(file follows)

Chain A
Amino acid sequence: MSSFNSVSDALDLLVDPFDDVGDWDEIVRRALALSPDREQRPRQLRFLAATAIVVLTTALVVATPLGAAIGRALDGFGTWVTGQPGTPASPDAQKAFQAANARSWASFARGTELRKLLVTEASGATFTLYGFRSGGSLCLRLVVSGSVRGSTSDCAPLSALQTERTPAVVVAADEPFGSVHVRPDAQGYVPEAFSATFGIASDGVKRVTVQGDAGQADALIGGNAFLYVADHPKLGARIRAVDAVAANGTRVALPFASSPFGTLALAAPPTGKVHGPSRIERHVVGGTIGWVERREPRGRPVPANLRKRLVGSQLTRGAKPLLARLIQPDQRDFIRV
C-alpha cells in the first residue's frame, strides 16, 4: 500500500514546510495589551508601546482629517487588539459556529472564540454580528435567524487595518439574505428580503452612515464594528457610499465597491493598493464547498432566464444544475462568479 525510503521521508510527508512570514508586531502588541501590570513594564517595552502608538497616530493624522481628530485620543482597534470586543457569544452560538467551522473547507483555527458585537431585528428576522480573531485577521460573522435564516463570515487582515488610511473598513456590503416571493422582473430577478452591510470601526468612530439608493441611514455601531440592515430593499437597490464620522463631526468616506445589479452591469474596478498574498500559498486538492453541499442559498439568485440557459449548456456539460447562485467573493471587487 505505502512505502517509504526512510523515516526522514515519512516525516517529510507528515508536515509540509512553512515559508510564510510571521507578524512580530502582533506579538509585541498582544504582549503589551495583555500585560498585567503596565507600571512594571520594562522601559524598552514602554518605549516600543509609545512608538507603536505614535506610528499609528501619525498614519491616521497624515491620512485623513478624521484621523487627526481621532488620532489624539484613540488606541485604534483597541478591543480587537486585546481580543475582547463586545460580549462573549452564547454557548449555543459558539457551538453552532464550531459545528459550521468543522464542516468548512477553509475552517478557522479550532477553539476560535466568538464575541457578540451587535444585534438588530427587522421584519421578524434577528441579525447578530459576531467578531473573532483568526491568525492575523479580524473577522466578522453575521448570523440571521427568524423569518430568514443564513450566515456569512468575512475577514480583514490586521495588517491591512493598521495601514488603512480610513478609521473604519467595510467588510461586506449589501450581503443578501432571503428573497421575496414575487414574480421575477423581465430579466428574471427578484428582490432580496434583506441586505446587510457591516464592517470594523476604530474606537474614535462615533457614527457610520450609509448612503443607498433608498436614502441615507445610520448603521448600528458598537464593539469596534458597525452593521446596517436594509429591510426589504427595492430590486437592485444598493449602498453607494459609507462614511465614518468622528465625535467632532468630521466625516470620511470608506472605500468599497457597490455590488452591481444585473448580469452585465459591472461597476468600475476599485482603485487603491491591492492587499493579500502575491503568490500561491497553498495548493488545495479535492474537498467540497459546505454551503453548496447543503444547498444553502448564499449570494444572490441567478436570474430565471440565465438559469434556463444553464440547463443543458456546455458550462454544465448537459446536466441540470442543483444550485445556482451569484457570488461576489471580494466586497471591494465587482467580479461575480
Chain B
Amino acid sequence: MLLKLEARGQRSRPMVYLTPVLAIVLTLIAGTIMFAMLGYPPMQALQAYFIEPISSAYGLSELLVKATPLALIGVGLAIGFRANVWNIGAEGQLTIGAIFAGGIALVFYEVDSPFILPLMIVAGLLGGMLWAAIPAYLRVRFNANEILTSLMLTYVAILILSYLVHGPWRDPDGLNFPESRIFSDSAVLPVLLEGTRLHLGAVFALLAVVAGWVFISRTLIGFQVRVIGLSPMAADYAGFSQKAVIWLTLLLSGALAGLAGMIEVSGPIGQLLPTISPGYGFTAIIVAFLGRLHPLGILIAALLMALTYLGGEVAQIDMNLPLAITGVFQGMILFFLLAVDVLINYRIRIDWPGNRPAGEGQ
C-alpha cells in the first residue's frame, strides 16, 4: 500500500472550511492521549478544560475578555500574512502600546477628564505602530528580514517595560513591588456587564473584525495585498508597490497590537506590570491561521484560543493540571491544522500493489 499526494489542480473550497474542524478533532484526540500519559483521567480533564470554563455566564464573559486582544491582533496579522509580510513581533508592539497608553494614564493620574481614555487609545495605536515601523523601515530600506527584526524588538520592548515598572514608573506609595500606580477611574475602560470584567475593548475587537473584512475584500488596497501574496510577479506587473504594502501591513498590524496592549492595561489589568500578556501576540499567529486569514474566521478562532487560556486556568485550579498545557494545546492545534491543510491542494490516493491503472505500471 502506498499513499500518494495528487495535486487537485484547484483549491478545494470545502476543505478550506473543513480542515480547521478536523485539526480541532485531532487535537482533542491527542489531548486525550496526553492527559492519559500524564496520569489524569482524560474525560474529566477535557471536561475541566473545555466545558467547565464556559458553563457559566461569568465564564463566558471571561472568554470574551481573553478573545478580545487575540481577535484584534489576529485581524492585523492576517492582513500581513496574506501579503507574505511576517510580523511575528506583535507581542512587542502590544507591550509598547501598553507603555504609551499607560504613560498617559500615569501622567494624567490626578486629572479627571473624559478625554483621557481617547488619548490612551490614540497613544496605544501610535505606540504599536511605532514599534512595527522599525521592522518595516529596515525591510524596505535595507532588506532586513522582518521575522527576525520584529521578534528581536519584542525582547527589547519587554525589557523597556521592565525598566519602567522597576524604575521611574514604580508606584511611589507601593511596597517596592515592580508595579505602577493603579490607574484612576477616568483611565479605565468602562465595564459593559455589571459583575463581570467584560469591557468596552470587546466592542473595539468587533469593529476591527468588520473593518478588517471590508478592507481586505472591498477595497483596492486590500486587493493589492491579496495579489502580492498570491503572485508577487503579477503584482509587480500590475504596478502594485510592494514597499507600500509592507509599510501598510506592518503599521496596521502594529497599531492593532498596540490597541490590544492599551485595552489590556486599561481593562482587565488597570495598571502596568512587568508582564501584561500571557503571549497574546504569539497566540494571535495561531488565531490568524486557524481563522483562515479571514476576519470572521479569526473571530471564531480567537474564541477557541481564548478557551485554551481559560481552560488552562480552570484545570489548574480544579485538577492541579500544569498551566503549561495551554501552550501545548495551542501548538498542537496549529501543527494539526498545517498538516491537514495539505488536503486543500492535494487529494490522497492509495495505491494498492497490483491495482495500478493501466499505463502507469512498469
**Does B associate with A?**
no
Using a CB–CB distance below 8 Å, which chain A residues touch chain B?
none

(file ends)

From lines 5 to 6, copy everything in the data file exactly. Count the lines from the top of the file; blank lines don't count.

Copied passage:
Amino acid sequence: MLLKLEARGQRSRPMVYLTPVLAIVLTLIAGTIMFAMLGYPPMQALQAYFIEPISSAYGLSELLVKATPLALIGVGLAIGFRANVWNIGAEGQLTIGAIFAGGIALVFYEVDSPFILPLMIVAGLLGGMLWAAIPAYLRVRFNANEILTSLMLTYVAILILSYLVHGPWRDPDGLNFPESRIFSDSAVLPVLLEGTRLHLGAVFALLAVVAGWVFISRTLIGFQVRVIGLSPMAADYAGFSQKAVIWLTLLLSGALAGLAGMIEVSGPIGQLLPTISPGYGFTAIIVAFLGRLHPLGILIAALLMALTYLGGEVAQIDMNLPLAITGVFQGMILFFLLAVDVLINYRIRIDWPGNRPAGEGQ
C-alpha cells in the first residue's frame, strides 16, 4: 500500500472550511492521549478544560475578555500574512502600546477628564505602530528580514517595560513591588456587564473584525495585498508597490497590537506590570491561521484560543493540571491544522500493489 499526494489542480473550497474542524478533532484526540500519559483521567480533564470554563455566564464573559486582544491582533496579522509580510513581533508592539497608553494614564493620574481614555487609545495605536515601523523601515530600506527584526524588538520592548515598572514608573506609595500606580477611574475602560470584567475593548475587537473584512475584500488596497501574496510577479506587473504594502501591513498590524496592549492595561489589568500578556501576540499567529486569514474566521478562532487560556486556568485550579498545557494545546492545534491543510491542494490516493491503472505500471 502506498499513499500518494495528487495535486487537485484547484483549491478545494470545502476543505478550506473543513480542515480547521478536523485539526480541532485531532487535537482533542491527542489531548486525550496526553492527559492519559500524564496520569489524569482524560474525560474529566477535557471536561475541566473545555466545558467547565464556559458553563457559566461569568465564564463566558471571561472568554470574551481573553478573545478580545487575540481577535484584534489576529485581524492585523492576517492582513500581513496574506501579503507574505511576517510580523511575528506583535507581542512587542502590544507591550509598547501598553507603555504609551499607560504613560498617559500615569501622567494624567490626578486629572479627571473624559478625554483621557481617547488619548490612551490614540497613544496605544501610535505606540504599536511605532514599534512595527522599525521592522518595516529596515525591510524596505535595507532588506532586513522582518521575522527576525520584529521578534528581536519584542525582547527589547519587554525589557523597556521592565525598566519602567522597576524604575521611574514604580508606584511611589507601593511596597517596592515592580508595579505602577493603579490607574484612576477616568483611565479605565468602562465595564459593559455589571459583575463581570467584560469591557468596552470587546466592542473595539468587533469593529476591527468588520473593518478588517471590508478592507481586505472591498477595497483596492486590500486587493493589492491579496495579489502580492498570491503572485508577487503579477503584482509587480500590475504596478502594485510592494514597499507600500509592507509599510501598510506592518503599521496596521502594529497599531492593532498596540490597541490590544492599551485595552489590556486599561481593562482587565488597570495598571502596568512587568508582564501584561500571557503571549497574546504569539497566540494571535495561531488565531490568524486557524481563522483562515479571514476576519470572521479569526473571530471564531480567537474564541477557541481564548478557551485554551481559560481552560488552562480552570484545570489548574480544579485538577492541579500544569498551566503549561495551554501552550501545548495551542501548538498542537496549529501543527494539526498545517498538516491537514495539505488536503486543500492535494487529494490522497492509495495505491494498492497490483491495482495500478493501466499505463502507469512498469